Though he meant metaphorically, I also thought I’d take the time between Thanksgiving and Christmas to tidy our place up a bit. Sanitizing the soul is one thing, but it couldn’t hurt to organize the Tupperware drawer, right? I thought the priest was really onto something—a clean, quiet approach to Christmas—but I also thought that in order to prepare for the birth of Jesus, it would be helpful if I, quickly, became a much better person. I would do it all—but contemplatively. I would get my shopping done without spending a lot of money. I would forego the Biggest Loser finale and instead spend time reading a book on the couch, occasionally glancing up at the Christmas tree because that’s why the tree is there, to enjoy at night, rather than chastise during the day when it’s blocking all natural light from entering the living room. I would get those holiday cards together early, and then spend time writing actual notes, connecting with my faraway family and friends. After all, it’s only once a year that I check in with some of these people—the very least I can do is put pen to paper and sign a name.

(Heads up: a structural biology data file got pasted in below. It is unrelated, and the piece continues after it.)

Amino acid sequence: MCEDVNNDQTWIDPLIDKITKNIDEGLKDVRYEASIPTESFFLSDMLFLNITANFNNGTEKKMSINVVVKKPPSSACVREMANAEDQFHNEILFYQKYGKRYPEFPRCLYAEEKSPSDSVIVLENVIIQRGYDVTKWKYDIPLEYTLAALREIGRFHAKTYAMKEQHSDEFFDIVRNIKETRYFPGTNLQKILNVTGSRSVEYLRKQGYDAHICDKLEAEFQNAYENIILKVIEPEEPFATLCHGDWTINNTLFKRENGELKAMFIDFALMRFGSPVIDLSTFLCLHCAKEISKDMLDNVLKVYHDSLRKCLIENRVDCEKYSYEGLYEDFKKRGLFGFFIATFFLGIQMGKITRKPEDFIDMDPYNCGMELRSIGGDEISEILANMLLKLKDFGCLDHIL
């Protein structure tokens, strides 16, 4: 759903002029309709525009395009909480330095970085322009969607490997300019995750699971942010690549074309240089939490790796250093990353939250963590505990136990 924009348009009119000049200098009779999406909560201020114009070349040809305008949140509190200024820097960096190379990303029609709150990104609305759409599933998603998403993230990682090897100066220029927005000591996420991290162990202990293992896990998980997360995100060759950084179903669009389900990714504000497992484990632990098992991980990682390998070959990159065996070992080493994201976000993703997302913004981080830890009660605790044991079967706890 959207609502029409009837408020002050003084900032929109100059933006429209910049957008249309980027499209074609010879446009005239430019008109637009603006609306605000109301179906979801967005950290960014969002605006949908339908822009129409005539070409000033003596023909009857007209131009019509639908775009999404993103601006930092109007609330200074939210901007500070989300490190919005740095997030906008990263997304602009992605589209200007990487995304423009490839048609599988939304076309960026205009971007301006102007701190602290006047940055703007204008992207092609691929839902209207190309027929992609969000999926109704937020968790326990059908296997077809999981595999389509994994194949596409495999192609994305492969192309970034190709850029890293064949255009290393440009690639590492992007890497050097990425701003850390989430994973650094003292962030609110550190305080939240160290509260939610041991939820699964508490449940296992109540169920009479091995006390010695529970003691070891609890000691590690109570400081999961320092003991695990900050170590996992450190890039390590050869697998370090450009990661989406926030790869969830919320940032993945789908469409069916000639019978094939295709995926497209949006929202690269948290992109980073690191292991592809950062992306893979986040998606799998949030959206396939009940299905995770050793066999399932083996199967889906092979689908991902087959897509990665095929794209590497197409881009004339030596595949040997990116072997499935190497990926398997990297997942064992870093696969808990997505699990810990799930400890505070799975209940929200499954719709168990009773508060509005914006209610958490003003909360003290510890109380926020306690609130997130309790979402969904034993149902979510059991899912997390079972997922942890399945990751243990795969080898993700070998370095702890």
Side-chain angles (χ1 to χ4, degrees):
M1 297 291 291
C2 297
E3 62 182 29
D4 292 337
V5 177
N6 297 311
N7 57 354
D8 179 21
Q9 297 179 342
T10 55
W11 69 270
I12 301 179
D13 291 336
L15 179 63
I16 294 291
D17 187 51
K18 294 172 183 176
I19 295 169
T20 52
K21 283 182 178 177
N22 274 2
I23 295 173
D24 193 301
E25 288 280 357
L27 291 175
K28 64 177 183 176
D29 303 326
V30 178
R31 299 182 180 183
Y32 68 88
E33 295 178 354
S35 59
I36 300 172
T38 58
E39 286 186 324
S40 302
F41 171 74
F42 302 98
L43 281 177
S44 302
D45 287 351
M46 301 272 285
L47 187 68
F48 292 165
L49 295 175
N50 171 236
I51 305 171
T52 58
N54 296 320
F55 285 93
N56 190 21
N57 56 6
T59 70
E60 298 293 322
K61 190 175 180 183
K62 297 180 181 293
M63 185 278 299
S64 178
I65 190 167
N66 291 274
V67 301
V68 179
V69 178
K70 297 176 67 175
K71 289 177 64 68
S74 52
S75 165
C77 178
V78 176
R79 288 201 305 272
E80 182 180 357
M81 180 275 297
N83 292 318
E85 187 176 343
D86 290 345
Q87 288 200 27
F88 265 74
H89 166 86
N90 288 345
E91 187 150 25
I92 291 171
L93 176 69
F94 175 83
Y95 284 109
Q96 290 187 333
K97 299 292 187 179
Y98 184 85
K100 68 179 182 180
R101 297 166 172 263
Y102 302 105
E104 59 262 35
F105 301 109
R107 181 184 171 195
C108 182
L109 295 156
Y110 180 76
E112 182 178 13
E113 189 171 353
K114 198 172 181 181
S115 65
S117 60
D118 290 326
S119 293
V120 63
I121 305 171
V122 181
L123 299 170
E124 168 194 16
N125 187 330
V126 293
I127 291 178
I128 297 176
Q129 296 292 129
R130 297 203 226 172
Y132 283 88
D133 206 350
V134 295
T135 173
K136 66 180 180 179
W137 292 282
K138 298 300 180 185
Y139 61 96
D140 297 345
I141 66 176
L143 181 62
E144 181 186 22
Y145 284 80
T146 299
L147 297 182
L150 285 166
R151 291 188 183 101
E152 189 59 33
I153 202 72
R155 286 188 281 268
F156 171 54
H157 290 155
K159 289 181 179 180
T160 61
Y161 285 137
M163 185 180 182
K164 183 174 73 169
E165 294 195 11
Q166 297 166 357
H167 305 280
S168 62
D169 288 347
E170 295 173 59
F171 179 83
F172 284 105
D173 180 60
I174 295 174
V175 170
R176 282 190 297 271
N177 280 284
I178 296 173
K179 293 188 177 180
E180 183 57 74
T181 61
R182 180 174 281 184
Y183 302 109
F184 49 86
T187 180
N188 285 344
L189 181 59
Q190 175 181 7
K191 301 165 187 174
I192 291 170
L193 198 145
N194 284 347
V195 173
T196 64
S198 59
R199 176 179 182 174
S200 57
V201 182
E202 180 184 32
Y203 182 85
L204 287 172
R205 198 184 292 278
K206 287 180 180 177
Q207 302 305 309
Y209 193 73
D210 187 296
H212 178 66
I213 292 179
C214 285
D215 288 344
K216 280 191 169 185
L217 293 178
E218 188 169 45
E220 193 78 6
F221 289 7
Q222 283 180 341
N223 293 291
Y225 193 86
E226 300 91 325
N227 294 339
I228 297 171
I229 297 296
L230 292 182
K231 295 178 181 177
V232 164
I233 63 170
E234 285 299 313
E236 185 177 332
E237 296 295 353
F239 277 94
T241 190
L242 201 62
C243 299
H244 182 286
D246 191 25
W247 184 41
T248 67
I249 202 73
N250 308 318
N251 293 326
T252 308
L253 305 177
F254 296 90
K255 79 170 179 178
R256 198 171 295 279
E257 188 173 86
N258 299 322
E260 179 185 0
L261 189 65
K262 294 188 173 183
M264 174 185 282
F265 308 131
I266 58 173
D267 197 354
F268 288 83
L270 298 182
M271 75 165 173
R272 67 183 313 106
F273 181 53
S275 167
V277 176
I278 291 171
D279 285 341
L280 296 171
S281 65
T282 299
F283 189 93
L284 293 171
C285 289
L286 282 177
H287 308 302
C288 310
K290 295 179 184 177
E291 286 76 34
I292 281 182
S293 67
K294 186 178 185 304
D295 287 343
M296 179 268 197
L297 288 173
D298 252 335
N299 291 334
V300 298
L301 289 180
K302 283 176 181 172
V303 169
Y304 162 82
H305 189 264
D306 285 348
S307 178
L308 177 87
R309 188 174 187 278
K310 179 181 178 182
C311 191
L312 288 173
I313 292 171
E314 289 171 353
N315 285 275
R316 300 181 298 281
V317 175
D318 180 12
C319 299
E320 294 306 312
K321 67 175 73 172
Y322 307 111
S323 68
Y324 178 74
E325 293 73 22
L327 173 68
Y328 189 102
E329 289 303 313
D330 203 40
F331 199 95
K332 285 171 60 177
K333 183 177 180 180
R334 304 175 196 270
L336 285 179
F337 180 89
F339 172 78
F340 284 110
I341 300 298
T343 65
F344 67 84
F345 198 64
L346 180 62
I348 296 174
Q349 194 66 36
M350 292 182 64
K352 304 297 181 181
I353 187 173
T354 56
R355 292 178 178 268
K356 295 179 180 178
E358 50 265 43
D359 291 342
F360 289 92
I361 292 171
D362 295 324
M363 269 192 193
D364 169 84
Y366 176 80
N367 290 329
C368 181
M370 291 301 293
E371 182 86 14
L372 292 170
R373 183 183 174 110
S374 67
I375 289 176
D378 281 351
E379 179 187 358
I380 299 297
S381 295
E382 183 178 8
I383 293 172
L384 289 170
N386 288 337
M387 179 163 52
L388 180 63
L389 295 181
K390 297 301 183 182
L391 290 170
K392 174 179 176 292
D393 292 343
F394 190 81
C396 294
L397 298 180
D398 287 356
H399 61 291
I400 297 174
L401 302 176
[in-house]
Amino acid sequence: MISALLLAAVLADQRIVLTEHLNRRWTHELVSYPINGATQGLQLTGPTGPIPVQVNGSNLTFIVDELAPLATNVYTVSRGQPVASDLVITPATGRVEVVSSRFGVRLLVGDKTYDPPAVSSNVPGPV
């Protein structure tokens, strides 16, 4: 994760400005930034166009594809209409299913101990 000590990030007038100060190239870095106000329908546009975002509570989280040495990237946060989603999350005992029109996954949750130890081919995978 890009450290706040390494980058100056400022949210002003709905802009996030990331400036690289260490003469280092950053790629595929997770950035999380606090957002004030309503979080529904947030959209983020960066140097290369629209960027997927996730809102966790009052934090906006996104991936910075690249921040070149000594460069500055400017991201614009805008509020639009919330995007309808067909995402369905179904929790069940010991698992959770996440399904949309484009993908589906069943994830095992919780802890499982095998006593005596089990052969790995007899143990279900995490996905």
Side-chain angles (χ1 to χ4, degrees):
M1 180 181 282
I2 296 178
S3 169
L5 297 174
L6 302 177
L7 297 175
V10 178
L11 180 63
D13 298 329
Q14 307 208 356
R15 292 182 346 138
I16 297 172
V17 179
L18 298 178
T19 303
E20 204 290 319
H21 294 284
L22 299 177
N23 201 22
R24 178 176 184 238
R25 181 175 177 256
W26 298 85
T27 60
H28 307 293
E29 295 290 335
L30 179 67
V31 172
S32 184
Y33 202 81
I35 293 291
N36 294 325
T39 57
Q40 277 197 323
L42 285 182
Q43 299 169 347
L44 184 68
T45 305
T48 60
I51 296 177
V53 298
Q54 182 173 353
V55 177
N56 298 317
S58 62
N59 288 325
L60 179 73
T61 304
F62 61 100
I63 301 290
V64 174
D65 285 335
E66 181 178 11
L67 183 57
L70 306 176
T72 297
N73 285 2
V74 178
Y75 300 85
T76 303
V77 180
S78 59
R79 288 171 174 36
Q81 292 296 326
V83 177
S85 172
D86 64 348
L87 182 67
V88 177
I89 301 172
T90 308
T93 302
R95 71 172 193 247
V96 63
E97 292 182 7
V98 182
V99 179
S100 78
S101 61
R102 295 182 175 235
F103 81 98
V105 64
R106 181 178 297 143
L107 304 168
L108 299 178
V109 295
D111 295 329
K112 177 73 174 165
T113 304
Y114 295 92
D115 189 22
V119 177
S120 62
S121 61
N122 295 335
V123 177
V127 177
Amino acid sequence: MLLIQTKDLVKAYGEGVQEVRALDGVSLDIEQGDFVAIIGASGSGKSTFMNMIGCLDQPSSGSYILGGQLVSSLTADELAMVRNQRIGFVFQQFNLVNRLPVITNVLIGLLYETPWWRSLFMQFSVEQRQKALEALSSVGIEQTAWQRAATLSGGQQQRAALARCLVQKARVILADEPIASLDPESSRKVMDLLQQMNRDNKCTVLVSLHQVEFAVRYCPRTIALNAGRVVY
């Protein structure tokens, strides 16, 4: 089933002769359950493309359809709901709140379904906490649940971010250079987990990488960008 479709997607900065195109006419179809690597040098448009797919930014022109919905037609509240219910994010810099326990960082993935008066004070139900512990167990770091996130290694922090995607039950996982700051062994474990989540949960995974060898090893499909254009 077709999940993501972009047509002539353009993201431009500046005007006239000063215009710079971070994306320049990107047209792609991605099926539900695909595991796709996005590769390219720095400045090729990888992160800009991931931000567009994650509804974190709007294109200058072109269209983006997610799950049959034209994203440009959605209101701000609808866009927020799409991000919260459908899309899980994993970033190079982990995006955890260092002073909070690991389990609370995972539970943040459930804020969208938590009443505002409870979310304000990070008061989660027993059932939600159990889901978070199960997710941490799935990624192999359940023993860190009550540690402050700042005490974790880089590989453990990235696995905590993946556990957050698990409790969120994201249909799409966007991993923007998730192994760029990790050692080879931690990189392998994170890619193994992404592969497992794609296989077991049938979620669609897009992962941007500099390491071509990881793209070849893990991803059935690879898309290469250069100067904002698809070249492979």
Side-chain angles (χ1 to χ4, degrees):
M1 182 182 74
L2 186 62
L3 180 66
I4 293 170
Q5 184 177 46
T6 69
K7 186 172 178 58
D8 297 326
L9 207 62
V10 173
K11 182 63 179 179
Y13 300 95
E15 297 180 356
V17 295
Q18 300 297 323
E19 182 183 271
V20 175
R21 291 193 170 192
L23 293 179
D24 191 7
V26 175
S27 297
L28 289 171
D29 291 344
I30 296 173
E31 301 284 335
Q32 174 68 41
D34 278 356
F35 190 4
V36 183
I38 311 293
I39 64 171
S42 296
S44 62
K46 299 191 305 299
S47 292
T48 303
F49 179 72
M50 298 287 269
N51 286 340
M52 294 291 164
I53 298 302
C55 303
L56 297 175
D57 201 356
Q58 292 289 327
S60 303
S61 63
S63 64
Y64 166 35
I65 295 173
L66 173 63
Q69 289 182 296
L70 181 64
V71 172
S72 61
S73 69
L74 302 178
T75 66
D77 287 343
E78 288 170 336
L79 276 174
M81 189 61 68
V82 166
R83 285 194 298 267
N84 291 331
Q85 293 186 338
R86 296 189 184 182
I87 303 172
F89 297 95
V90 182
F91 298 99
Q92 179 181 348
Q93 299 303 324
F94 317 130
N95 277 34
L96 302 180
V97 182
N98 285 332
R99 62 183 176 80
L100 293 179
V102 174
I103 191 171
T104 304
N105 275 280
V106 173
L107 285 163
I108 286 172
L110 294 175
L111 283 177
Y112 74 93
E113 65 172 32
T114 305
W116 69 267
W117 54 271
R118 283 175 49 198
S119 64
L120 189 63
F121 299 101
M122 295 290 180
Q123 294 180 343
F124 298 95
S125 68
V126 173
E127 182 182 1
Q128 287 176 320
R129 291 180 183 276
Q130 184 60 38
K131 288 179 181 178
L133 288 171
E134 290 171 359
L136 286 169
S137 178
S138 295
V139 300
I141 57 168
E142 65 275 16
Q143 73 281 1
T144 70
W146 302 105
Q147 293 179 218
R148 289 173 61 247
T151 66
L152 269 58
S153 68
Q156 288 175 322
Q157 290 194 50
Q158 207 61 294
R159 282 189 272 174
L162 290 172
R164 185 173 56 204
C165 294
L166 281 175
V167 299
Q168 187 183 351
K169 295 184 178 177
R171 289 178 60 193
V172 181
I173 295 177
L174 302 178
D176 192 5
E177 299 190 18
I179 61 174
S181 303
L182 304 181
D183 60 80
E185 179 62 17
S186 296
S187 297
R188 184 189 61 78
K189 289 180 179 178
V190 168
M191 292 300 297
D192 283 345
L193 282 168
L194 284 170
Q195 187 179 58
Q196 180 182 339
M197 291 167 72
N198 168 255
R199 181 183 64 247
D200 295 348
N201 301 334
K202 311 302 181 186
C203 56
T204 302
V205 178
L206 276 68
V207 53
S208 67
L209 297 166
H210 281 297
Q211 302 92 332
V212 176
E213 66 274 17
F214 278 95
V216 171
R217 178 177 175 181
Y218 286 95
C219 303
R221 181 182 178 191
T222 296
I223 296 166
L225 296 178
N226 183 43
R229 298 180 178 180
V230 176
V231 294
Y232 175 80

If I were to lose my mind completely—if that were to happen—my guess is that I’d be shopping around for institutions starting . . . right about now, during this time of year. It’s so cliché—like setting a horror flick at night in a deep, dark forest. Peter Benchley set his scary story on a beach in the middle of a bright sunny day, and when Jaws snatched its first bikini-clad victim, that freaked us all out with originality. That’s the kind of crazy I would like to be. I’d prefer to go nuts on a Tuesday in April. But, I’m a lemming when it comes to increased anxiety levels during this season of lights and giving. I can see it in everyone else’s eyes at the mall: stress, confusion, disbelief. I was walking with Caroline and Lexi through a parking lot the other day and a woman was screaming into her phone, “That’s beside the point, what are you trying to say to me????” She was ripping mad. Thankfully my girls looked at her strangely, like they’d never seen a lunatic yelling loudly before.